James Patterson (born in 1947) is America’s most successful author, worth an estimated 560 million dollars.
Here are a few of his quotes about the writing life to inspire you.
1. It seemed to me that I could write commercial fiction. I wasn’t sure whether I could, or whether I wanted to write serious fiction at that point. So I said, ‘Let me try something else,’ and I wrote a mystery — but I didn’t know much about it.
There’s always that moment in a new writer’s life when it’s time to decide if you want to write serious fiction or commercial fiction. You want to stand out, you want people to take you seriously. So many new writers choose to go the serious route. The problem with that of course is that you’re not very good in the beginning (unless you’re some kind of genius), and so that serious fiction you’re attempting is typically crap. And there’s truly nothing worse to read than deadly serious and truly terrible literary fiction.
So many writers who feel they don’t have the talent and craftsmanship to pull off serious work turn to commercial books, which typically have super short, punchy sentences and lots dialogue and plenty of white space. There’s nothing wrong with this kind of fiction writing. In fact, as Patterson has shown for decades, many people prefer reading that kind of fiction. They’re busy and stressed and they just want an escape, and so commercial fiction is what they’ll often turn to rather than serious fiction.
What I tell writers is that you should write the kind of books you love, and then give them everything you’ve got. You don’t want to be lazy about your writing. You don’t want to write terribly just because you’re writing a mystery or a romance and so therefore you shouldn’t have to work as hard. Still bring all the skills you have as a writer. But write the thing you want to write every time, and the readers will follow.
2. I’m not a writer’s writer. I’m not a craftsman. I could be, and that would be a one-book-a-year operation.
Another thing about writing serious fiction and spending lots of time and energy dedicated to perfecting every last sentence in your latest manuscript? You won’t be able to produce as many stories and novels, it’s a fact. If you want to be a really, really good writer, there’s no way you can rush through the process and pump out three books a year. (Or a dozen or more, in the case of Patterson.)
And then on the other hand, if you want to be more successful and produce lots more books — because really, to be successful these days, especially if you’re on the self-publishing track, it’s essential you be prolific — you’re going to need to sacrifice some quality for the sake of mass output. And as long as your readers love your work and download everything you put into the world and the royalty checks keep on coming, you’ll probably be just fine.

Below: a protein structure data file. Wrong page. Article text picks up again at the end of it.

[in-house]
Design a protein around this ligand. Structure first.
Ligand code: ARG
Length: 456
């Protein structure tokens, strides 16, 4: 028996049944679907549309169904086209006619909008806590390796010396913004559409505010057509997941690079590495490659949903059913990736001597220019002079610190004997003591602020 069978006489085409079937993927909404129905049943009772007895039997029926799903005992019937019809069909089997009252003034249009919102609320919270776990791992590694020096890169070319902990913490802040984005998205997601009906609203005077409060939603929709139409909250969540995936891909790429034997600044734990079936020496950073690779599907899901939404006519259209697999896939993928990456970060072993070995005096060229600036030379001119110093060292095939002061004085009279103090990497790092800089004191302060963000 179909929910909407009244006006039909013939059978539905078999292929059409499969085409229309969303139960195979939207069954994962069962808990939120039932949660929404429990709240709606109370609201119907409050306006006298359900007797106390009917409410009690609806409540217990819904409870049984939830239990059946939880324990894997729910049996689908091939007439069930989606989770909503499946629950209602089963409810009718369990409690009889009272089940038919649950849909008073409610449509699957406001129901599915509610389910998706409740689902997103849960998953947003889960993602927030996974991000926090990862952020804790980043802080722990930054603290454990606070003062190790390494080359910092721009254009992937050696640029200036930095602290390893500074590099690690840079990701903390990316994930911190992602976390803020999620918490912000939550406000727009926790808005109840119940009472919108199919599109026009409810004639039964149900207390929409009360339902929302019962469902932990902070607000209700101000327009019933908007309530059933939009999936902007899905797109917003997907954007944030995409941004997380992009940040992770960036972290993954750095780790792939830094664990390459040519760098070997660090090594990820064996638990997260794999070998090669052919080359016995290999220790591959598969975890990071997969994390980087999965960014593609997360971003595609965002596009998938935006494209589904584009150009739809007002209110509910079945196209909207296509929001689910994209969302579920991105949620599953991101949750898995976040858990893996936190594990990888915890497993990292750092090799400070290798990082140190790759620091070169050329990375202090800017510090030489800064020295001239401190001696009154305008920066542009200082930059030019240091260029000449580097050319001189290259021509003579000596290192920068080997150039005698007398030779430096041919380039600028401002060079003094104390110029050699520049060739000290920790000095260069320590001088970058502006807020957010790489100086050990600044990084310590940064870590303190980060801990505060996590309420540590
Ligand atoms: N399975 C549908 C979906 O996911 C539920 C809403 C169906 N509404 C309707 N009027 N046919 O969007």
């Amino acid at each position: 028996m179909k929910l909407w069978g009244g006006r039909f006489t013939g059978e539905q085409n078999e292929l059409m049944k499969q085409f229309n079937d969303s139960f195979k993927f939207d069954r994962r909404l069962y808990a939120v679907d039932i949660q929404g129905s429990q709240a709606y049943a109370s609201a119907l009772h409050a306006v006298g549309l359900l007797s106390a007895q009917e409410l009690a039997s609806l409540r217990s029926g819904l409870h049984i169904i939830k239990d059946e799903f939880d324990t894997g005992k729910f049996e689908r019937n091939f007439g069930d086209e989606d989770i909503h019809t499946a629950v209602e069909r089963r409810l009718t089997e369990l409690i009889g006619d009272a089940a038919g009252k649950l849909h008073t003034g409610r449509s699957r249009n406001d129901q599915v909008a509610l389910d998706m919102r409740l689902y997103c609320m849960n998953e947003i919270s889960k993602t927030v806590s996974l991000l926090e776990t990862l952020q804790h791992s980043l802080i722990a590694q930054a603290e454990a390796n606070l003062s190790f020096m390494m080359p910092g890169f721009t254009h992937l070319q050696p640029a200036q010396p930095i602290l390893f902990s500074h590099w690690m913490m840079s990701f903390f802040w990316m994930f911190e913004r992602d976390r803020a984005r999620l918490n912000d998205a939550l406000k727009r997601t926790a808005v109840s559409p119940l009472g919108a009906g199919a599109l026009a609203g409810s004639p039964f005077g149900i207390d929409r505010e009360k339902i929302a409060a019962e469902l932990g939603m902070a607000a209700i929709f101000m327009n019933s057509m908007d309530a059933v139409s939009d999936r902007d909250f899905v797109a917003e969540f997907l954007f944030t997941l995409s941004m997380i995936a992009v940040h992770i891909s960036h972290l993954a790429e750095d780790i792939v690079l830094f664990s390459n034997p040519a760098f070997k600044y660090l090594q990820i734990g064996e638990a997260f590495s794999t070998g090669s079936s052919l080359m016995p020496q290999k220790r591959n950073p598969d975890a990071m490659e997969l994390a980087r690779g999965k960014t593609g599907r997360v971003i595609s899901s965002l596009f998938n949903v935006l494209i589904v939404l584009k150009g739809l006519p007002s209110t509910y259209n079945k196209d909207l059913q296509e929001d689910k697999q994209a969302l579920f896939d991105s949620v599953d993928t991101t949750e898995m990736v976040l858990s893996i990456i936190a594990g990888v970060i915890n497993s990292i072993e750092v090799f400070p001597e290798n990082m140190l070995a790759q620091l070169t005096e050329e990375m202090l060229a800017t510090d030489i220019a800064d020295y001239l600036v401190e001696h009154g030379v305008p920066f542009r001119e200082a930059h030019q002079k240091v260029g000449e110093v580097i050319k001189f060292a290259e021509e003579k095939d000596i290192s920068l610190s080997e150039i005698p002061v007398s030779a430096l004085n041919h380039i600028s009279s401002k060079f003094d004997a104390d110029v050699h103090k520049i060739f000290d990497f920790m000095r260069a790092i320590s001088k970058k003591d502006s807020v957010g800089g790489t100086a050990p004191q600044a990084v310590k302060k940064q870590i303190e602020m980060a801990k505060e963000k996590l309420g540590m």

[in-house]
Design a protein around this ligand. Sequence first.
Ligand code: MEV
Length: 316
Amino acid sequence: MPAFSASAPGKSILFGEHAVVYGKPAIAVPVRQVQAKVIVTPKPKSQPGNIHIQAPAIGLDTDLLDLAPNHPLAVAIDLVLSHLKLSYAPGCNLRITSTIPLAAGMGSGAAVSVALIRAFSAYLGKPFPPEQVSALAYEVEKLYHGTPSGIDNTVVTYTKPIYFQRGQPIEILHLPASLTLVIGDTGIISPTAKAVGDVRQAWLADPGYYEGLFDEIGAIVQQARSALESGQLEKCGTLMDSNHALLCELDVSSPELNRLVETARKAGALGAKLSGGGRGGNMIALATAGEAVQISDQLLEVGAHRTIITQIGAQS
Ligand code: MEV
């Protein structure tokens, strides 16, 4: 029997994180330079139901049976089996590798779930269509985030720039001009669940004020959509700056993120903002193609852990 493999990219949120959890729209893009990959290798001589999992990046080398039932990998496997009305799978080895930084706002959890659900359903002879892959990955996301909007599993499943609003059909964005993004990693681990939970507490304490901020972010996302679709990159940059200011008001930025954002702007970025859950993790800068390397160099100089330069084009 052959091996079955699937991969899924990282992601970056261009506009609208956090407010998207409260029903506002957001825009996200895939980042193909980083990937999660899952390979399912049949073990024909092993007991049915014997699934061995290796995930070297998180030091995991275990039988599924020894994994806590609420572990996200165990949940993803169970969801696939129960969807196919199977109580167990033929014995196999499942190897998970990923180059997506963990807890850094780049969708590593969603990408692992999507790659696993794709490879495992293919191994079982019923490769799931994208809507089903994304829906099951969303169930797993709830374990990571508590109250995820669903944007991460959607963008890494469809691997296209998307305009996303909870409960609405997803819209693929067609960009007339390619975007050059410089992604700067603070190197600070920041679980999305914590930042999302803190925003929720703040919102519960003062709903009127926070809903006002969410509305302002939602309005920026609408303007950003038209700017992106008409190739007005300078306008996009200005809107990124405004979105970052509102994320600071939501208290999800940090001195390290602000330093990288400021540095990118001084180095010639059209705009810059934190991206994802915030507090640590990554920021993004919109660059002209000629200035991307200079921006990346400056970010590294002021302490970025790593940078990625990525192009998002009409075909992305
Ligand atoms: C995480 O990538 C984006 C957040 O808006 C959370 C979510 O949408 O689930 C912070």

Sure, there’s the occasional author like Donna Tartt who can publish one book a decade and still be a huge sensation. But if you want to make lots of money from your fiction writing, you have to learn to write every single day and write more words a day and keep producing, producing, producing.
3. I’m a very good storyteller; I have a lot of compassion for people. That’s very useful for a novelist. A lot of novelists are snots. They’re just mean people. I’m not a terribly skilled stylist, nor do I want to be. I want a lot of people to read one of my stories and go, ‘That was pretty cool.’
Again, most readers are just looking for a good story. They’ve had a hard day, and when they get in bed at night, they want the author to transport them somewhere else for a bit. Many of them don’t want lots of style. They don’t want fancy similes and metaphors filling up giant block paragraphs. They just want to be told a compelling story, and there’s nothing wrong with giving that to your readers.
Because what matters most in the end is if your readers liked the novel or not. Did it speak to them in some way? Did they enjoy the characters and the surprise twists? And here’s a big one — did they make it to the end? So many readers will give up a on a novel where every page is filled to the brim with beautiful language. Where the language itself is the star and not the story.
What’s most important in my mind is to write books that readers engage with all the way to the last page. If they’re committed to the end, and they react to your latest book with something like, “That was pretty cool,” then you not only succeeded as a writer; you’ve hooked that reader in for life.
4. In my office in Florida I have, I think, 30 manuscript piles around the room. Some are screenplays or comic books or graphic novels. Some are almost done. Some I’m rewriting. If I’m working with a co-writer, they’ll usually write the first draft. And then I write subsequent drafts.